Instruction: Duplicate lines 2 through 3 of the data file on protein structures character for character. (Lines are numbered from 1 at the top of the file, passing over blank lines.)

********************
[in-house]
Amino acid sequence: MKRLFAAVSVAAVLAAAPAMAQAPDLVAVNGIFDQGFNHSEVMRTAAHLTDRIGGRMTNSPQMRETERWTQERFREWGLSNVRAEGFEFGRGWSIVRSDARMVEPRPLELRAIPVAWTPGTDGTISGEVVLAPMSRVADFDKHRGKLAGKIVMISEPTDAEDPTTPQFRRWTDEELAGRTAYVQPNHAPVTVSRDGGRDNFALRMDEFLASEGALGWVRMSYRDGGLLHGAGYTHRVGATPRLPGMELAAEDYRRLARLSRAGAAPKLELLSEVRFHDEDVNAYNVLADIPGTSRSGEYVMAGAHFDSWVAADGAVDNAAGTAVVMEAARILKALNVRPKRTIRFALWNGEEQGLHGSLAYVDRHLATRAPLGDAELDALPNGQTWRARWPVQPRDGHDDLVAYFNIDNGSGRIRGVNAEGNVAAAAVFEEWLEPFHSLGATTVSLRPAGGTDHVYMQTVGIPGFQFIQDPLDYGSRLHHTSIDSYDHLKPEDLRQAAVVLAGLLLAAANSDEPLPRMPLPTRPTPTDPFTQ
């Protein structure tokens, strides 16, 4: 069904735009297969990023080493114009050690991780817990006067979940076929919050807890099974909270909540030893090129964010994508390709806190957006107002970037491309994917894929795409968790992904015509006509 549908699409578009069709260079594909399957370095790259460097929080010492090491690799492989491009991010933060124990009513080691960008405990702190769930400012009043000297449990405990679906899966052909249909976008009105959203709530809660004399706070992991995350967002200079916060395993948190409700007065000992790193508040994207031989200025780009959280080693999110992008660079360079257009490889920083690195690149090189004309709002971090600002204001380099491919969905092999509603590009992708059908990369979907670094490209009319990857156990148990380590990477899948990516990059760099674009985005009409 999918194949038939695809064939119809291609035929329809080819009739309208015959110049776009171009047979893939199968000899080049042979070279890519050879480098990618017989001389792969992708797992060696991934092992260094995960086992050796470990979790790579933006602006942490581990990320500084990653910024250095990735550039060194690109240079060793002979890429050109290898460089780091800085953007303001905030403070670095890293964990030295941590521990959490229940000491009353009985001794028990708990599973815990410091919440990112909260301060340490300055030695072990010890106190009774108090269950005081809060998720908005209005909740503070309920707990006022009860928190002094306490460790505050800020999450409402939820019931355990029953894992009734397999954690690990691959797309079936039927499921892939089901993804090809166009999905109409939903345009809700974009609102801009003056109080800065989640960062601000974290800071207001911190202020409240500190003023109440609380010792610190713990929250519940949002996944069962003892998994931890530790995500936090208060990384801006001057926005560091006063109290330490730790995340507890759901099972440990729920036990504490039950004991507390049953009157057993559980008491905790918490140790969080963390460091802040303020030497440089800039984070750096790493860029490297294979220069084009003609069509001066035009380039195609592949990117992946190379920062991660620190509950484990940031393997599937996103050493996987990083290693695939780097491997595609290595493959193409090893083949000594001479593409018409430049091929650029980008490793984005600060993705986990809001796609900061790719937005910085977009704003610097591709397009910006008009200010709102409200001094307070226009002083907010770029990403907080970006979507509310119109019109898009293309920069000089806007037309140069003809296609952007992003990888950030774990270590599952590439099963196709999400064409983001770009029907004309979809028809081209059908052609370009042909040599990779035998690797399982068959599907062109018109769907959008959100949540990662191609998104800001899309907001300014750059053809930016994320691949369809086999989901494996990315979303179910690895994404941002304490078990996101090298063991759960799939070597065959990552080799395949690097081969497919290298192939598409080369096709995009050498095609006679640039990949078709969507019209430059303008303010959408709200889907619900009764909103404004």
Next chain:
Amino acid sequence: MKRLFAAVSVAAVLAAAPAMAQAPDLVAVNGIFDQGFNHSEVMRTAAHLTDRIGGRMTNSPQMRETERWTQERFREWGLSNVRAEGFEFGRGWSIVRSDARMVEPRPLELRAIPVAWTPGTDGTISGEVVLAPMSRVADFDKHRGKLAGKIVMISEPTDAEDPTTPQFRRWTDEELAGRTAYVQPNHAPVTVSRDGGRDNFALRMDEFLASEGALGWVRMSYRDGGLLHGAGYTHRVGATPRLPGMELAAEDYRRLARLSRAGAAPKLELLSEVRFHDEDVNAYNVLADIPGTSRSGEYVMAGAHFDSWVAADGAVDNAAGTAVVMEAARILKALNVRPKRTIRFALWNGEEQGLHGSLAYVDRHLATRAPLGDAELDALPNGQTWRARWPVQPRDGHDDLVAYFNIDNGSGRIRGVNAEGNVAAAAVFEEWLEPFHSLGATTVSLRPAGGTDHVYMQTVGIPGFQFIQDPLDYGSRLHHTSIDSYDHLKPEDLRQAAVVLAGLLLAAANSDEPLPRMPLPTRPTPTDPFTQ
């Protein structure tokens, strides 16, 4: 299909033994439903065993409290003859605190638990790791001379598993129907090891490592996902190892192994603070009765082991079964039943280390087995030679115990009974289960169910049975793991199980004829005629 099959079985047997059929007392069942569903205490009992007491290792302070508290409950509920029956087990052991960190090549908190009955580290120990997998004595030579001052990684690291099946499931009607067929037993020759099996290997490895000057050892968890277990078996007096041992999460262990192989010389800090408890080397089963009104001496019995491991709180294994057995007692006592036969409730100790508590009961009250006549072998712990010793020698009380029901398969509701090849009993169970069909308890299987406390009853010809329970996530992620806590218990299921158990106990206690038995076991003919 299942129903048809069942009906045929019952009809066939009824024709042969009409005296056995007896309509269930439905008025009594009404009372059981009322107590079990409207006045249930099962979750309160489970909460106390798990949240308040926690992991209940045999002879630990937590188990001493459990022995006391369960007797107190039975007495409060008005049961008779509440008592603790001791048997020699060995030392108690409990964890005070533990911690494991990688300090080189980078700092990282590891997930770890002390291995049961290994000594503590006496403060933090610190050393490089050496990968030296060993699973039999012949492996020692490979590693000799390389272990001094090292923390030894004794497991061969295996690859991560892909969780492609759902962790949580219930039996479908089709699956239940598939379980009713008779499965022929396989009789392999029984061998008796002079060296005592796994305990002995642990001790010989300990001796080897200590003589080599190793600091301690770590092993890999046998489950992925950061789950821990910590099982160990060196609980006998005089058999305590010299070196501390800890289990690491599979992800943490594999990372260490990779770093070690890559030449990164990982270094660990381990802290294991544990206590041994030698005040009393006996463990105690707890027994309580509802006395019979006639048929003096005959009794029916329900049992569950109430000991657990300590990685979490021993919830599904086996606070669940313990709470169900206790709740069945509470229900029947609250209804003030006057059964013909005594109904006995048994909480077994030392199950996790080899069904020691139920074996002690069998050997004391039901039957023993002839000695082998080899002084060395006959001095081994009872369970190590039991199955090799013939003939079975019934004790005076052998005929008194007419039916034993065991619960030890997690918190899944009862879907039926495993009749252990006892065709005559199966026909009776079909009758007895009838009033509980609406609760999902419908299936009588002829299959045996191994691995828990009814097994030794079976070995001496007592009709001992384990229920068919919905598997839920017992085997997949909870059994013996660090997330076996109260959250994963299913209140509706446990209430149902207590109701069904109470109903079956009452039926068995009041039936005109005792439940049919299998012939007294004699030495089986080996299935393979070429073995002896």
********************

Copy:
Amino acid sequence: MKRLFAAVSVAAVLAAAPAMAQAPDLVAVNGIFDQGFNHSEVMRTAAHLTDRIGGRMTNSPQMRETERWTQERFREWGLSNVRAEGFEFGRGWSIVRSDARMVEPRPLELRAIPVAWTPGTDGTISGEVVLAPMSRVADFDKHRGKLAGKIVMISEPTDAEDPTTPQFRRWTDEELAGRTAYVQPNHAPVTVSRDGGRDNFALRMDEFLASEGALGWVRMSYRDGGLLHGAGYTHRVGATPRLPGMELAAEDYRRLARLSRAGAAPKLELLSEVRFHDEDVNAYNVLADIPGTSRSGEYVMAGAHFDSWVAADGAVDNAAGTAVVMEAARILKALNVRPKRTIRFALWNGEEQGLHGSLAYVDRHLATRAPLGDAELDALPNGQTWRARWPVQPRDGHDDLVAYFNIDNGSGRIRGVNAEGNVAAAAVFEEWLEPFHSLGATTVSLRPAGGTDHVYMQTVGIPGFQFIQDPLDYGSRLHHTSIDSYDHLKPEDLRQAAVVLAGLLLAAANSDEPLPRMPLPTRPTPTDPFTQ
């Protein structure tokens, strides 16, 4: 069904735009297969990023080493114009050690991780817990006067979940076929919050807890099974909270909540030893090129964010994508390709806190957006107002970037491309994917894929795409968790992904015509006509 549908699409578009069709260079594909399957370095790259460097929080010492090491690799492989491009991010933060124990009513080691960008405990702190769930400012009043000297449990405990679906899966052909249909976008009105959203709530809660004399706070992991995350967002200079916060395993948190409700007065000992790193508040994207031989200025780009959280080693999110992008660079360079257009490889920083690195690149090189004309709002971090600002204001380099491919969905092999509603590009992708059908990369979907670094490209009319990857156990148990380590990477899948990516990059760099674009985005009409 999918194949038939695809064939119809291609035929329809080819009739309208015959110049776009171009047979893939199968000899080049042979070279890519050879480098990618017989001389792969992708797992060696991934092992260094995960086992050796470990979790790579933006602006942490581990990320500084990653910024250095990735550039060194690109240079060793002979890429050109290898460089780091800085953007303001905030403070670095890293964990030295941590521990959490229940000491009353009985001794028990708990599973815990410091919440990112909260301060340490300055030695072990010890106190009774108090269950005081809060998720908005209005909740503070309920707990006022009860928190002094306490460790505050800020999450409402939820019931355990029953894992009734397999954690690990691959797309079936039927499921892939089901993804090809166009999905109409939903345009809700974009609102801009003056109080800065989640960062601000974290800071207001911190202020409240500190003023109440609380010792610190713990929250519940949002996944069962003892998994931890530790995500936090208060990384801006001057926005560091006063109290330490730790995340507890759901099972440990729920036990504490039950004991507390049953009157057993559980008491905790918490140790969080963390460091802040303020030497440089800039984070750096790493860029490297294979220069084009003609069509001066035009380039195609592949990117992946190379920062991660620190509950484990940031393997599937996103050493996987990083290693695939780097491997595609290595493959193409090893083949000594001479593409018409430049091929650029980008490793984005600060993705986990809001796609900061790719937005910085977009704003610097591709397009910006008009200010709102409200001094307070226009002083907010770029990403907080970006979507509310119109019109898009293309920069000089806007037309140069003809296609952007992003990888950030774990270590599952590439099963196709999400064409983001770009029907004309979809028809081209059908052609370009042909040599990779035998690797399982068959599907062109018109769907959008959100949540990662191609998104800001899309907001300014750059053809930016994320691949369809086999989901494996990315979303179910690895994404941002304490078990996101090298063991759960799939070597065959990552080799395949690097081969497919290298192939598409080369096709995009050498095609006679640039990949078709969507019209430059303008303010959408709200889907619900009764909103404004």